The dual protagonist feature works brilliantly. Rhys and Fiona both have their own abilities that give a very different flavour to the game play depending on who you are controlling. Rhys has a rather cool cybernetic eye that allows him to scan the environment, learn background information about Pandoran landmarks, flora and fauna (from a database whose tone wonderfully mashes shady corporate control with jaded employee silliness), and occasionally to hack computers and other equipment. Fiona’s mechanic is more classically Borderlands: she has a cash counter and is able to accumulate money. Collecting cash is the raison d’etre of so much RPG action. In the other Borderlands games you loot boxes, corpses and — uh — piles of Skag vomit or Bullymong dung like a kid in a sweetshop. You even empty the chests in the houses and shops in town without ever questioning if that’s your NPC friends you’re actually robbing. But Telltale’s more thoughtful brand of game play introduces just this kind of moral dimension: will you-as-Fiona rob from that dying man or not? There will be consequences either way. It’s all about consequences here.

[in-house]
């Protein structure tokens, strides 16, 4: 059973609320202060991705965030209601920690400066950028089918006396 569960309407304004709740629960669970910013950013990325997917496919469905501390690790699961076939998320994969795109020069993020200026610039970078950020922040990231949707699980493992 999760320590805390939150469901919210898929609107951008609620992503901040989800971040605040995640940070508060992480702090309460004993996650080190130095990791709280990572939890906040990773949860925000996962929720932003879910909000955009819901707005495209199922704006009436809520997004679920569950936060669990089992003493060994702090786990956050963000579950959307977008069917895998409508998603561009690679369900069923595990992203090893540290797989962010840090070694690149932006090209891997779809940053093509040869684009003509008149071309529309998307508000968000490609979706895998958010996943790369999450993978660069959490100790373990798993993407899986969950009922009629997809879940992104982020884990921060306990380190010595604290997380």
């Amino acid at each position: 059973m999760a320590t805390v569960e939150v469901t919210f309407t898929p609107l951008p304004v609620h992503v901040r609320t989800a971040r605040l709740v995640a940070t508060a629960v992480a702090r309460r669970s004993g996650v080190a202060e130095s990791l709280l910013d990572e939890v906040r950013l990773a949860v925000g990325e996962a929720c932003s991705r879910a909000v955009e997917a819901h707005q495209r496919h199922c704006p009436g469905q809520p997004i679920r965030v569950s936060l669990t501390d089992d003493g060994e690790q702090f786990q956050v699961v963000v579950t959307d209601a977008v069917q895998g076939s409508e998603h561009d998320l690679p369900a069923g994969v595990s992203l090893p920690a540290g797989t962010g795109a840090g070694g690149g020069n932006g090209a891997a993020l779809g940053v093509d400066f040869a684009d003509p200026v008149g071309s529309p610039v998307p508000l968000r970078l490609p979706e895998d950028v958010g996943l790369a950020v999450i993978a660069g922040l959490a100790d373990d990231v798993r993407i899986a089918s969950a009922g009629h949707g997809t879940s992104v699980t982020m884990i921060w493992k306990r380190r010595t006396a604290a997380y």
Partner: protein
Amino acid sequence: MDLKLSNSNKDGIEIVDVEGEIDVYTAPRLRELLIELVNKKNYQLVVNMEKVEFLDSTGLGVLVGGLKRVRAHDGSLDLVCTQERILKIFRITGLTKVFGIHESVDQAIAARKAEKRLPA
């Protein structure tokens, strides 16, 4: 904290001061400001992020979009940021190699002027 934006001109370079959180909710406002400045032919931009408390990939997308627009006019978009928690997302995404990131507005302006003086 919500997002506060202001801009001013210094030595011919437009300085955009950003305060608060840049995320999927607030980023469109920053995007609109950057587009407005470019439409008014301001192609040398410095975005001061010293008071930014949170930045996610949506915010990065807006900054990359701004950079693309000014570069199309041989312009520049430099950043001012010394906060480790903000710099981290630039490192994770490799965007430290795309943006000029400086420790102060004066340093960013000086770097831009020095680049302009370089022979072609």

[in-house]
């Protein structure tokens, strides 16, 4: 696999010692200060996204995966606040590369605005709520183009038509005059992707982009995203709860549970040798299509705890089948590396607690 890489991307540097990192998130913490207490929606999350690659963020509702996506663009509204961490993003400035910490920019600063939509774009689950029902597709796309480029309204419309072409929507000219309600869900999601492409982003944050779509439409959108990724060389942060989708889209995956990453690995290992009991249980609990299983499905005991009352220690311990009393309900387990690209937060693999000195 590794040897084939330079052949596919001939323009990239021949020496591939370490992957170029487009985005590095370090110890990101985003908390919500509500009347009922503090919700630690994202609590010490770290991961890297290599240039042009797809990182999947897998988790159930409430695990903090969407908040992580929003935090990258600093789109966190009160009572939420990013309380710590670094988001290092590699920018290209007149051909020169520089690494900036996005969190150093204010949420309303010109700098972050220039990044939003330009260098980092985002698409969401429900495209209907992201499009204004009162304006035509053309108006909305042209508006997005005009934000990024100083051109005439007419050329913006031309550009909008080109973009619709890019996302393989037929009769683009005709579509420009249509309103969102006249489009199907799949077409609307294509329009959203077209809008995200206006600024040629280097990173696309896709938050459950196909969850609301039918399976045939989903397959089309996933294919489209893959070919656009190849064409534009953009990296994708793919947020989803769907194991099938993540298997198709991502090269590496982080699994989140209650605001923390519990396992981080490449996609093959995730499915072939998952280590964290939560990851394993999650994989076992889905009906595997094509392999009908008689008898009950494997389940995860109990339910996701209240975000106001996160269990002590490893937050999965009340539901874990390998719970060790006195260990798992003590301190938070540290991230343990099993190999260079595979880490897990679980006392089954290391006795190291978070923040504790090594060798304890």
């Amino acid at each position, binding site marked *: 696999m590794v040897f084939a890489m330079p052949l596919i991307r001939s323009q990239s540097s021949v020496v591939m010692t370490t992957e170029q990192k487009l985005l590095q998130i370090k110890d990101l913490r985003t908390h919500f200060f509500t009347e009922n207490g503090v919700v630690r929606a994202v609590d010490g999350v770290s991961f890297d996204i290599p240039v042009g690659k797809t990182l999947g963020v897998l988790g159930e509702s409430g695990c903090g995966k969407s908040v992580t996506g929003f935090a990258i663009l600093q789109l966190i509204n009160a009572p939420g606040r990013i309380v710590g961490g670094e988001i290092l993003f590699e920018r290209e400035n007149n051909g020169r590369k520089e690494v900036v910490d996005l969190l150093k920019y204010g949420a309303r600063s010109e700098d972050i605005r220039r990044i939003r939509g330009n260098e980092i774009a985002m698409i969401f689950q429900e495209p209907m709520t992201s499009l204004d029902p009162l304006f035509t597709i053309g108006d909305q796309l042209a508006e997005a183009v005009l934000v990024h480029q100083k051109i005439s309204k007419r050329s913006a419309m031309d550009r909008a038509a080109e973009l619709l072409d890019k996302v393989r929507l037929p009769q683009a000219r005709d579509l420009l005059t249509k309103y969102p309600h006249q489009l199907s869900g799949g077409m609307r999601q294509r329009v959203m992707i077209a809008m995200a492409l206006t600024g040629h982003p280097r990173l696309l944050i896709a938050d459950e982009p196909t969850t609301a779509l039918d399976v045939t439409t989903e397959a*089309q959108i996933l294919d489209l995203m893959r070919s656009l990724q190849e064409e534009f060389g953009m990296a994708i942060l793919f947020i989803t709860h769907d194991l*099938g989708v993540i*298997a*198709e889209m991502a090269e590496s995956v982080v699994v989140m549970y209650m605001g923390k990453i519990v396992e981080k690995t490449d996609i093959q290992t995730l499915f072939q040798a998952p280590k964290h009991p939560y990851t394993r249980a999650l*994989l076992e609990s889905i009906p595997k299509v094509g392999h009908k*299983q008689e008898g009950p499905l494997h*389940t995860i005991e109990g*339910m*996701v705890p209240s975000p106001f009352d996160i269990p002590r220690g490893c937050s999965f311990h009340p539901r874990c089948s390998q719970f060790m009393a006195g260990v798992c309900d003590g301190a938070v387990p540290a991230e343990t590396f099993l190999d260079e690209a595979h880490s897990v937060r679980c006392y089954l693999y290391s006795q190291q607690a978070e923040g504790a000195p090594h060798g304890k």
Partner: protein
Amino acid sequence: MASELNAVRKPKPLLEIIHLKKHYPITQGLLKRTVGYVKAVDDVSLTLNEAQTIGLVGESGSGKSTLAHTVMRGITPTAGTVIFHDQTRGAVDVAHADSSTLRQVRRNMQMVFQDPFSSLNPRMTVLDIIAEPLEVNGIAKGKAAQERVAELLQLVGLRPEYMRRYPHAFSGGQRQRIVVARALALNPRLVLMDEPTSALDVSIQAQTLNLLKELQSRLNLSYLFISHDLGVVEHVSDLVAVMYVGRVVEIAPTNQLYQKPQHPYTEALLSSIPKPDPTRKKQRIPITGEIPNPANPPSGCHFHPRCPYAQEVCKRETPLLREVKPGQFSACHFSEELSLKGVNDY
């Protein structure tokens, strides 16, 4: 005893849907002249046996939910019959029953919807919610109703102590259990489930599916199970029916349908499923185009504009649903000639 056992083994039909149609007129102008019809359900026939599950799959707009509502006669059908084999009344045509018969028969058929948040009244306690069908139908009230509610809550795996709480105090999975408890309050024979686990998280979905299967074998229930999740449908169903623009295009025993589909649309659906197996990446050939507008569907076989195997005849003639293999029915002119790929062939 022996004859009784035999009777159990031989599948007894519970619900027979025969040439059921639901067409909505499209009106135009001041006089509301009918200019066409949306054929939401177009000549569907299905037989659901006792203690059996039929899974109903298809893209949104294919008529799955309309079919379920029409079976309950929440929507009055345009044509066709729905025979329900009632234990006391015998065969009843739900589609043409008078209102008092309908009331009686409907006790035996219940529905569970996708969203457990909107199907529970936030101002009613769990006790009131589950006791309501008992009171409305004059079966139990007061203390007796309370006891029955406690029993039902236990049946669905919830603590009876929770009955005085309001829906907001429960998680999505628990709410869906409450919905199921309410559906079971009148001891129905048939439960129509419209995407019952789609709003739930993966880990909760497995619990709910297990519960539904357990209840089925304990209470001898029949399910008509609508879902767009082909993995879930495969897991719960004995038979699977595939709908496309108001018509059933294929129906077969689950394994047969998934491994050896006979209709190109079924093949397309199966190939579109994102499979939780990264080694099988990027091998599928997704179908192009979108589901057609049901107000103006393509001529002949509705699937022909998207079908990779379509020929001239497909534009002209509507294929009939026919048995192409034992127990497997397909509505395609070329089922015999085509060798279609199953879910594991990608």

As well as ensuring diversity in terms of game mechanics, the Rhys / Fiona dichotomy brings a great deal of humour and colour to the narrative. The tale begins in media res; the two protagonists have been captured by a masked stranger and are being forced to retell the stories that brought them to that point. Their very differing perspectives complement and often contradict each other in fascinating ways. The initial deal-making scene is experienced one way – initially as Rhys – but replaying it afterwards from Fiona’s point of view colours it entirely differently. Amusingly, the two also frequently call bullshit on each other’s narratives and scenes where one of them “recalls” acting in a particularly heroic or badass manner can look very different seen through the other’s eyes. But of course the ultimate truth of what happened is up to you, the player.